Using these techniques, researchers have begun to generate some ideas about the neurobiology underlying the properties of the flow state.

Some researchers have hypothesized that it is a state of high connectivity between the brain’s reward system and cognitive control system that helps us focus on a specific task to pursue a goal. “Basically, the synchronization theory of flow argues that when people experience flow, systems in their brain that are associated with goal-directed behavior—and evoke the control associated with it—cooperate with and should be functionally informed by systems in their brain, associated with reward processing,” said Huskey.

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There is even scientific evidence for this. Flow is associated with higher activity in the reward areas of the brain. This is further supported by studies showing that dopamine, a chemical in your brain that plays a large role in pleasure, is linked to a tendency to flow. Some areas of the cognitive control network are also more active during flow.

While there is some evidence of connectivity between these two networks during flow, the nature of that connectivity appears to be dynamic and is not yet fully understood, Huskey said.

What our brain does in a state of flow is certainly important, but what it is Not doing is also the key. During flow, we’re absorbed in a single task and don’t think about ourselves – whether we look stupid, whether we’re working fast enough, whether a colleague is mad at us, or just having a bad day.

Scientists believe this non-task chatter is mediated by interacting regions of the brain called the Default Mode Network (DMN). “The default mode network plays a role in self-referential thinking – thinking about yourself, thinking about what might happen in the future or what happened in the past,” said van der Linden.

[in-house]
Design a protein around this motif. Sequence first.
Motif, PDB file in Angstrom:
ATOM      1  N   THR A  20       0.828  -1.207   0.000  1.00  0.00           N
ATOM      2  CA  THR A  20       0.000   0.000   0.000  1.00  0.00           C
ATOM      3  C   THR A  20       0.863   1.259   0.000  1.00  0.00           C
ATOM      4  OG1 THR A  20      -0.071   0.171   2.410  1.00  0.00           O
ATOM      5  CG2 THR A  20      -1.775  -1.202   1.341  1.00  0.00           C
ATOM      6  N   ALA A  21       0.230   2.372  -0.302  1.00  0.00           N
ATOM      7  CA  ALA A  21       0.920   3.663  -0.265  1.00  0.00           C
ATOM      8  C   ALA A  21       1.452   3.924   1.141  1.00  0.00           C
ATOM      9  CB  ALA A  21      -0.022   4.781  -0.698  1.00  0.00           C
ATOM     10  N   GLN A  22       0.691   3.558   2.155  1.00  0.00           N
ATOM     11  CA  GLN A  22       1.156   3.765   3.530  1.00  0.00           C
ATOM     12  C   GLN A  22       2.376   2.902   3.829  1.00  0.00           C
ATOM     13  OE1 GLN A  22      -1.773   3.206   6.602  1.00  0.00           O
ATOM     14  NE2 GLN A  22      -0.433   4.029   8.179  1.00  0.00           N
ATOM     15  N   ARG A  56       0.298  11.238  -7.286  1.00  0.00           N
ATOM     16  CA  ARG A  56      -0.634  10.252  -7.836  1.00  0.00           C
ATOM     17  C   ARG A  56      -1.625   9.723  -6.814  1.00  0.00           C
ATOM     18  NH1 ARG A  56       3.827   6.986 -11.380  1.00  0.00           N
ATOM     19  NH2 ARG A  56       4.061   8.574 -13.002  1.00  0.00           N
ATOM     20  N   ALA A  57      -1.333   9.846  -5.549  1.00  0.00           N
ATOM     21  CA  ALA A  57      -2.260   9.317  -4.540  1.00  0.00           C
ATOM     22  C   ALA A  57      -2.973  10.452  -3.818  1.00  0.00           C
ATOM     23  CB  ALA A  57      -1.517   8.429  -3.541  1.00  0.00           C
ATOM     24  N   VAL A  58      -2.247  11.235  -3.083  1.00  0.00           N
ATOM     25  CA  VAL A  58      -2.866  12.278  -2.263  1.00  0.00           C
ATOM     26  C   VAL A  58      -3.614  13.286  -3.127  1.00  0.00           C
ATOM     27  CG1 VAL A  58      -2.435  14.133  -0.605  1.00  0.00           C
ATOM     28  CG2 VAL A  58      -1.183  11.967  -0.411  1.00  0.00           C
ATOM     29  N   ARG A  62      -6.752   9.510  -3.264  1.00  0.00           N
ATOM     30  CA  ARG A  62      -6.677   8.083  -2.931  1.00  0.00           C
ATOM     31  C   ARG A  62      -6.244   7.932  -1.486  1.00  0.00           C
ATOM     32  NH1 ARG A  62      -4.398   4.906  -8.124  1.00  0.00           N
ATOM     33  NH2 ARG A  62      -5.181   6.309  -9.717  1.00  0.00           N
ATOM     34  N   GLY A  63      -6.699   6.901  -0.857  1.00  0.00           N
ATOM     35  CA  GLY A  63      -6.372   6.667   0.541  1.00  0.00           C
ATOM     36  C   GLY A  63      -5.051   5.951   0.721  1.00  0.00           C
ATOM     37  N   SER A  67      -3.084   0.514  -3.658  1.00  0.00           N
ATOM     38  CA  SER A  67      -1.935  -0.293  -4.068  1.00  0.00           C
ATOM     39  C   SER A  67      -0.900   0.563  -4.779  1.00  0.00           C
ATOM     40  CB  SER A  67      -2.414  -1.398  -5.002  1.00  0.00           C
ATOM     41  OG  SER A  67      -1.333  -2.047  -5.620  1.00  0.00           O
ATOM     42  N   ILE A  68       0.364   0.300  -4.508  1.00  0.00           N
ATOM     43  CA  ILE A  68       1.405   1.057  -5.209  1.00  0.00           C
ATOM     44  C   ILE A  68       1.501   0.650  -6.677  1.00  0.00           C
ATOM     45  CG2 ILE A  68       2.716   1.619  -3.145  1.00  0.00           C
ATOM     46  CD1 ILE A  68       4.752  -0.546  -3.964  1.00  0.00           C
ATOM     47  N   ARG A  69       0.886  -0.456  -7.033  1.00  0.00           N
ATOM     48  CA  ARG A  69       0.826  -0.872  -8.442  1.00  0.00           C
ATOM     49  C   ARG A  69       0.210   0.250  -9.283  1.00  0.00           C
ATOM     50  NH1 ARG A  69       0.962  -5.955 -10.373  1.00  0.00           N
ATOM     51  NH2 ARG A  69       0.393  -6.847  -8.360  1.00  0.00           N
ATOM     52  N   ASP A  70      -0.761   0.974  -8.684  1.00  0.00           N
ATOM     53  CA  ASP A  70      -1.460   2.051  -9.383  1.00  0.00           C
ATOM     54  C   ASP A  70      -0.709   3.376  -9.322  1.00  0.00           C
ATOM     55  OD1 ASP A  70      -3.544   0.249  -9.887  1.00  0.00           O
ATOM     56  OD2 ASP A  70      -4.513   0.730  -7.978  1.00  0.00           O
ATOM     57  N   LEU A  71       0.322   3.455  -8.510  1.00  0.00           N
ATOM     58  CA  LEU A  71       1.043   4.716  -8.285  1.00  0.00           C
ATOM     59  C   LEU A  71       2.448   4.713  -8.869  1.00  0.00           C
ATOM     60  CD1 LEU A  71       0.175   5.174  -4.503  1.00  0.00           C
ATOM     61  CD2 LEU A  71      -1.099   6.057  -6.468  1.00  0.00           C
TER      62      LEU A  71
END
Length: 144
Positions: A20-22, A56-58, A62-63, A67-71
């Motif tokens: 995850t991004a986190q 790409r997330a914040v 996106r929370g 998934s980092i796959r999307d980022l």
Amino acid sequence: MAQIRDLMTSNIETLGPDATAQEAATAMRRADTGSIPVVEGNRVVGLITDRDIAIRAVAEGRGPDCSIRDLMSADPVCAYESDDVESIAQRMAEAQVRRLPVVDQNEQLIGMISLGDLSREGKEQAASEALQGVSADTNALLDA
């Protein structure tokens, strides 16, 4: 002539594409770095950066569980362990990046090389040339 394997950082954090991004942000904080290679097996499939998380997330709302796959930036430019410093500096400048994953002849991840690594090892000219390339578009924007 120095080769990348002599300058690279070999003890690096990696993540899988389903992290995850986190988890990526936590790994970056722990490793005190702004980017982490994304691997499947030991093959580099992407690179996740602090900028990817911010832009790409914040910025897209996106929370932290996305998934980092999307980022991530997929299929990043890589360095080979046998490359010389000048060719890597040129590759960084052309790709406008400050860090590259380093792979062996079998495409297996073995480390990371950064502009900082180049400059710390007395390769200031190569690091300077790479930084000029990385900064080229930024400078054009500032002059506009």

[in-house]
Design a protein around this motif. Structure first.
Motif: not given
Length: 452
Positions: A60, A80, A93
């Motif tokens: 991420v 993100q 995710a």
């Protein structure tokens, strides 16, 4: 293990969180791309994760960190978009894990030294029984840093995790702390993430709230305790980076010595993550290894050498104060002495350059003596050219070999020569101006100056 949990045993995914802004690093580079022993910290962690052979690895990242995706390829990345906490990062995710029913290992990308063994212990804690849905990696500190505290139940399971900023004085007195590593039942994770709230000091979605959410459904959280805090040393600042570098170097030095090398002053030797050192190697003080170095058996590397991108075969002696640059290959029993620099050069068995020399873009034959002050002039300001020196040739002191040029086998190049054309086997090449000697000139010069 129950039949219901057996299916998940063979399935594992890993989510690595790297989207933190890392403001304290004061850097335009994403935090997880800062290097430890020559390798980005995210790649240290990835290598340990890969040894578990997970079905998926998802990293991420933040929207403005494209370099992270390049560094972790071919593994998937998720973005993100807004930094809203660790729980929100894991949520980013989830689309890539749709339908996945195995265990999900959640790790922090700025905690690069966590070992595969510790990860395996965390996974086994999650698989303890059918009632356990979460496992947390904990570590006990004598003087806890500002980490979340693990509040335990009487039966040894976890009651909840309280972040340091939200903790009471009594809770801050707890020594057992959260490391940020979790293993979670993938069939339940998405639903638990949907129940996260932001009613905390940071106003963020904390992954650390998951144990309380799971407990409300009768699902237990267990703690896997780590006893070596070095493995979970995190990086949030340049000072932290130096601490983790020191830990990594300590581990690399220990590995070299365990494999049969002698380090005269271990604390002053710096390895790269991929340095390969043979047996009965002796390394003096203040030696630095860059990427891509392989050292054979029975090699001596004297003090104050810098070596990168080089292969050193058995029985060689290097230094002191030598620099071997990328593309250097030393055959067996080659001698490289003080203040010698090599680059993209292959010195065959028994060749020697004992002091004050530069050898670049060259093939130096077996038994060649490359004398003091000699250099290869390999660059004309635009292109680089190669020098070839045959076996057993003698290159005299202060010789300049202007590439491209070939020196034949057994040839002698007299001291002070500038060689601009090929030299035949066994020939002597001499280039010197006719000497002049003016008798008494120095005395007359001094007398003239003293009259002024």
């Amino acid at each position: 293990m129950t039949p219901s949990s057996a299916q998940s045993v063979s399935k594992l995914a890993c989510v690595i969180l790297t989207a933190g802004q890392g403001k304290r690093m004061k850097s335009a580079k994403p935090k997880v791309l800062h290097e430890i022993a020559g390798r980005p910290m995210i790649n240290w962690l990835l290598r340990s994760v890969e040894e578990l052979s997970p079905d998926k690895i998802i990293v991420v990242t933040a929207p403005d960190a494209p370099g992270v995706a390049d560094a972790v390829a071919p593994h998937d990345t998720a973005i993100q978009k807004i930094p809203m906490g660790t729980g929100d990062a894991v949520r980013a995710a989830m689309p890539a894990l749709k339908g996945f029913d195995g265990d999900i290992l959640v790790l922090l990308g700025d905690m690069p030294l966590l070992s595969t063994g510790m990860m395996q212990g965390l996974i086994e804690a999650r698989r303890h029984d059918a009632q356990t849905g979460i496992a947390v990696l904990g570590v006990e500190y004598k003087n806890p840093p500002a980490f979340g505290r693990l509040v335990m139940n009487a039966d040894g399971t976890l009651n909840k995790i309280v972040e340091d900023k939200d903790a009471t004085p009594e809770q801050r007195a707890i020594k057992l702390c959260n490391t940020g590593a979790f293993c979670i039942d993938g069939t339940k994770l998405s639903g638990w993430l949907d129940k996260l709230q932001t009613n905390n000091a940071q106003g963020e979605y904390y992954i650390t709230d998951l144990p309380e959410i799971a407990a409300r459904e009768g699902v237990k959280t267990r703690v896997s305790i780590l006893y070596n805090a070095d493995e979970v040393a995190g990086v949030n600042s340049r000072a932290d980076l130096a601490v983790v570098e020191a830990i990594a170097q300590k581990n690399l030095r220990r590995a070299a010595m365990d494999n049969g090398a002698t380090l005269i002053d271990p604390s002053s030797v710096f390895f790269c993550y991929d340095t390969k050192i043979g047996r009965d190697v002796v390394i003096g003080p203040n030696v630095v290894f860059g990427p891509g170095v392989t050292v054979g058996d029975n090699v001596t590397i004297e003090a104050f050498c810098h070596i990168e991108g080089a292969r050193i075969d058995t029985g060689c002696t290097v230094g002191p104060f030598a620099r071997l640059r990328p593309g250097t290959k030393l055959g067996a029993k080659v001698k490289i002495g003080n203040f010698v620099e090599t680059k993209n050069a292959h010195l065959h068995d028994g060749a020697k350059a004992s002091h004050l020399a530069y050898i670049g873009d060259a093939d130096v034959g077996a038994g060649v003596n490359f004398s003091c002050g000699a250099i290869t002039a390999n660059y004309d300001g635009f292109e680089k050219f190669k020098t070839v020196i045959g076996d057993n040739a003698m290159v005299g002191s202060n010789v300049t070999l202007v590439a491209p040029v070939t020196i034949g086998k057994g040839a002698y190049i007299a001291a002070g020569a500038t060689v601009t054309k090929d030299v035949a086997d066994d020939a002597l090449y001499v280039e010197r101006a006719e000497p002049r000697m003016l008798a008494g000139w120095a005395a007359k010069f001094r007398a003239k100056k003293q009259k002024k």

And indeed, components of the DMN appear to be less active in the flow state. This helps scientists understand the mechanisms that may underlie the freedom from self-directed thought we experience during flow.

While learning more about the brain processes involved in flow might help us, we can design everyday or work-related tasks to be more flow-inducing. Another possibility is to manipulate not the task but the brain itself.

Research groups in Germany and Australia have used a type of painless electrical stimulation (delivered from outside the brain) to modulate activity in specific brain areas to enhance people’s experience of flow in video games and mental arithmetic. But don’t buy a brain stimulation device just yet. First, both studies were fairly small, with only about twenty or thirty participants. Also, it only seemed to work for some people: in the math study, for example, stimulation only increased the flow experience for those who were already low flow at the start of the study.

In addition to fully elucidating the effects of brain stimulation on flow, there are many other unanswered questions. For example, Van der Linden notes that many of the brain activity patterns observed in flow are also related to attention. “So is flow really a unique state? Or is it just the extreme point of very strong, focused attention?”

For his part, Huskey is interested in establishing a causal link between flow and mental health benefits. Virtually all studies of flow and well-being are correlative: they show an association between the two, but do not show whether states of flow actually lead to greater well-being, or whether those with greater well-being can enter flow states more easily, or if both are through one third factor are caused. By experimentally inducing flow in the lab, Huskey hopes to see if flow states actually promote mental well-being and to uncover the neurobiological processes that link flow to positive outcomes.

Ultimately, he believes, “a better understanding of the neurobiological basis of flow should give us additional insight into when and why flow occurs, how we can design flow in everyday tasks, and what mechanisms might underlie potential positive psychological benefits.”

Read more at The Daily Beast.